Fanfare - June/July 2004 - by John Story
"This disc has made me ponder the vagaries of fame and reputation. All the music on the program is as good as any I have heard recently, all by composers and performers I know nothing about; obviously, this is not as it should be. So this is my job to remedy that to the extent that such is possible by a minor critic, albeit in an important journal. The works are performed in the order listed in the headnote. Ralf Yusuf Gawlick (b. 1969) is pondering the eternal in his Concerto concertante per sei instrumente for two pianos and string quartet (exactly why the title is in Italian, given that the composer was born in Germany, educated in the US, and teaches in Boston, eludes me). It is a big work in three movements, taking its overall inspiration from the verse in Isaiah set by Monteverdi in his Duo seraphim (Vespers 1610). Gawlick's music is full of huge gestures, and the masses of sonority totally belie the chamber group producing it. His style is an expanded tonality à la Messiaen, where consonance and dissonance exist more for their coloristic potential than as the tension and release of diatonic tonality. Masterfully written in the traditional three movements, it makes me curious to hear more of the composer's work.
Jonathan McNair (b. 1959) offers a much smaller work for clarinet and piano. Although not programmatic (the title was added after composition), Huckleberry Finn in the Museum of Art is a delightful romp, abounding in special effects from both instruments (at several points the clarinet produces a mad series of clicks that sounds not unlike someone tap dancing in the distance) that capture the whimsy implied by the title.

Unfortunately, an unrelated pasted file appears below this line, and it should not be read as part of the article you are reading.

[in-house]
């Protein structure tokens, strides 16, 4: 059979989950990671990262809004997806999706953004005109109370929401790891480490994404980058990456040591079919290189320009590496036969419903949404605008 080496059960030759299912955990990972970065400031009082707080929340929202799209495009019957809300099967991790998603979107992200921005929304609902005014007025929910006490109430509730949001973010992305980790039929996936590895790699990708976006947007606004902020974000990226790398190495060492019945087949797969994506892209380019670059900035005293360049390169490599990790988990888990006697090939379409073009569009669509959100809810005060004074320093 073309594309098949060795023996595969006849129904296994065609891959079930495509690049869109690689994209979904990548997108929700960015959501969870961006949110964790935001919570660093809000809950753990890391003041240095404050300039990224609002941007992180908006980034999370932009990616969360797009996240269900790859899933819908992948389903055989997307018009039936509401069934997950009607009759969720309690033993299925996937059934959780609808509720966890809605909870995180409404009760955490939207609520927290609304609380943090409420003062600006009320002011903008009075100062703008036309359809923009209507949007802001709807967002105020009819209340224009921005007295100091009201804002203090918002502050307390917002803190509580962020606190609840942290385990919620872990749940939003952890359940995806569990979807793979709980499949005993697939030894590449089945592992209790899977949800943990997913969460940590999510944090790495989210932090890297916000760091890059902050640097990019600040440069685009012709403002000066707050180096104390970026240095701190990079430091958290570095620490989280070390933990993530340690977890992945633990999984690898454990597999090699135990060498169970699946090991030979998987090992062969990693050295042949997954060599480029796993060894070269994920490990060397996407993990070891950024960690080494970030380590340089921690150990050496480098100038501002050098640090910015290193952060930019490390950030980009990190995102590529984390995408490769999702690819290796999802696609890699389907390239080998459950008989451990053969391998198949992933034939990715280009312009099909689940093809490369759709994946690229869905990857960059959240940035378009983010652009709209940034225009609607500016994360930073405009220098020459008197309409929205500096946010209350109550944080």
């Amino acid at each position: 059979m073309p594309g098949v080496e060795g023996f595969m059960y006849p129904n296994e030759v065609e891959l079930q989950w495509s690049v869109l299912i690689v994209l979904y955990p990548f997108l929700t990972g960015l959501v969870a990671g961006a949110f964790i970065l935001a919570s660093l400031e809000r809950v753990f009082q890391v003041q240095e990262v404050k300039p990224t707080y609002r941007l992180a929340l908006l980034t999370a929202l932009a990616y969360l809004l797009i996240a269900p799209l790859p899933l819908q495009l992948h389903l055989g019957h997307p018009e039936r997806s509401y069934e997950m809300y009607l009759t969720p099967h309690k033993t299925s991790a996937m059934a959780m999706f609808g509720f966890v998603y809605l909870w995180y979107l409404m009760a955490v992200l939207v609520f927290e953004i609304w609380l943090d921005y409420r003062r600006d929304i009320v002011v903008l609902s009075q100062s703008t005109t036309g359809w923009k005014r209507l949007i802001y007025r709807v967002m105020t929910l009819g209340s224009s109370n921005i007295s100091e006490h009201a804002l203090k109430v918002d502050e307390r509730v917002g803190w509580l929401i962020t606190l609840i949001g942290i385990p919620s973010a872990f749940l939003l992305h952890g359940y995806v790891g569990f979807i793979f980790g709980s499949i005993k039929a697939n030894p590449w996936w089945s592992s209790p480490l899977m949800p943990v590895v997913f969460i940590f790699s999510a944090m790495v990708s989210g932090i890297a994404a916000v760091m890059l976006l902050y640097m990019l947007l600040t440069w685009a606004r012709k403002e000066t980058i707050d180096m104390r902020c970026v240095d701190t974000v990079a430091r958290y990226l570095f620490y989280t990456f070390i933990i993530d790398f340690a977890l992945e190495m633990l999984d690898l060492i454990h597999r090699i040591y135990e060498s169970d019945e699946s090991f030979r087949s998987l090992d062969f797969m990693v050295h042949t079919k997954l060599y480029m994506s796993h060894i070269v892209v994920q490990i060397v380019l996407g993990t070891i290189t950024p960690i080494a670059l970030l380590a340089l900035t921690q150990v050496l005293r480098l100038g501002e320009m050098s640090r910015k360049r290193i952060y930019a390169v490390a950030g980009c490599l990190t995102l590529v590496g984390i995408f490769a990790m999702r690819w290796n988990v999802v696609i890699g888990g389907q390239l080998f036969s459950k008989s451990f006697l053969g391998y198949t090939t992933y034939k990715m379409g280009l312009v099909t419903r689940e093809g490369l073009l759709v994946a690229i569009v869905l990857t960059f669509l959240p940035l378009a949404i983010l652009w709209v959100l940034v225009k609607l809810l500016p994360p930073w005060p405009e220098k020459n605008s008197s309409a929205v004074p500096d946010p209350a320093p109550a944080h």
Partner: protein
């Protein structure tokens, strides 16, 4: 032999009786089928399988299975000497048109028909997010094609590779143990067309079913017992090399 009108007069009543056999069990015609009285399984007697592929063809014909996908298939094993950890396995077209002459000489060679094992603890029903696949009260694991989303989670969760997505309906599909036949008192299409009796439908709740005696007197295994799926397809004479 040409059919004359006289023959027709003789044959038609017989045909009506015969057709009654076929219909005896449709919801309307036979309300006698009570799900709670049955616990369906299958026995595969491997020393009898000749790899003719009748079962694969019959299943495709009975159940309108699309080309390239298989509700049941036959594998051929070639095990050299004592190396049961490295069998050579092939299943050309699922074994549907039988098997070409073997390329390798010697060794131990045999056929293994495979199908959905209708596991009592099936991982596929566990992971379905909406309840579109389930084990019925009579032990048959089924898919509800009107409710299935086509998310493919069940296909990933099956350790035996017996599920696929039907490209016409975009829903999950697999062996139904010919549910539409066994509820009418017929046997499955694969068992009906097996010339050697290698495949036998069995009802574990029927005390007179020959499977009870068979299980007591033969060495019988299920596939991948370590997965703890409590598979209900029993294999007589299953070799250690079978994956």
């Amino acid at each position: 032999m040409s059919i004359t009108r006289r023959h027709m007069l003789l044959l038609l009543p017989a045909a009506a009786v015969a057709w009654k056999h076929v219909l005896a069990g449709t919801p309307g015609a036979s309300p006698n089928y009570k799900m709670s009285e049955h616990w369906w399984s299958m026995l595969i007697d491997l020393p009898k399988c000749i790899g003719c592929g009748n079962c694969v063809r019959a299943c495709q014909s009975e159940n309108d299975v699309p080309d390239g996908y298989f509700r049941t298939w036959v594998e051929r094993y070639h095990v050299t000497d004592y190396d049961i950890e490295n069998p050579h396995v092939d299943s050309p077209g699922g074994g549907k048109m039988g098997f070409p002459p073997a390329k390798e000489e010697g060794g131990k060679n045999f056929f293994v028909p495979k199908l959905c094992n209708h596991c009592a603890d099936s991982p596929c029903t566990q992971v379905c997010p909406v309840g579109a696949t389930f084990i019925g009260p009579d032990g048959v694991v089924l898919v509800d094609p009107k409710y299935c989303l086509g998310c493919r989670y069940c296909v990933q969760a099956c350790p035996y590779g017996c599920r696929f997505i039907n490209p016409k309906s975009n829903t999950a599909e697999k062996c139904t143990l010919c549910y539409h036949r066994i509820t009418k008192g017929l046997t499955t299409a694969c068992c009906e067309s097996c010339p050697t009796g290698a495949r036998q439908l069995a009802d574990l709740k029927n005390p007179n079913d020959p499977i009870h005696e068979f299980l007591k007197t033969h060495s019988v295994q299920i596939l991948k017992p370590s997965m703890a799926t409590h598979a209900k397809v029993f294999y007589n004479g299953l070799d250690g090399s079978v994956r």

Steven Ricks (b. 1969) offers by far the most aggressive music heard here in his Leave Song for soprano and chamber ensemble. Written while the composer was studying with Harrison Birtwistle, it has some of the powerful rhetoric that abounds in the older composer's work. Ricks uses his ensemble of three winds, four strings, and percussion for maximum color. The poems by Martin Corless-Smith evoked, for Birtwistle, Arial from Shakespeare's The Tempest, and Ricks's music certainly captures both the magic and menace implied by Propero's island. The vocal line is jagged but moving, and is handled with great confidence by Jennifer Larson.
Performances, recorded in three different venues, are all excellent, as is the sound, which is well matched from piece to piece. This is all immensely rewarding music, well worth repeated hearing."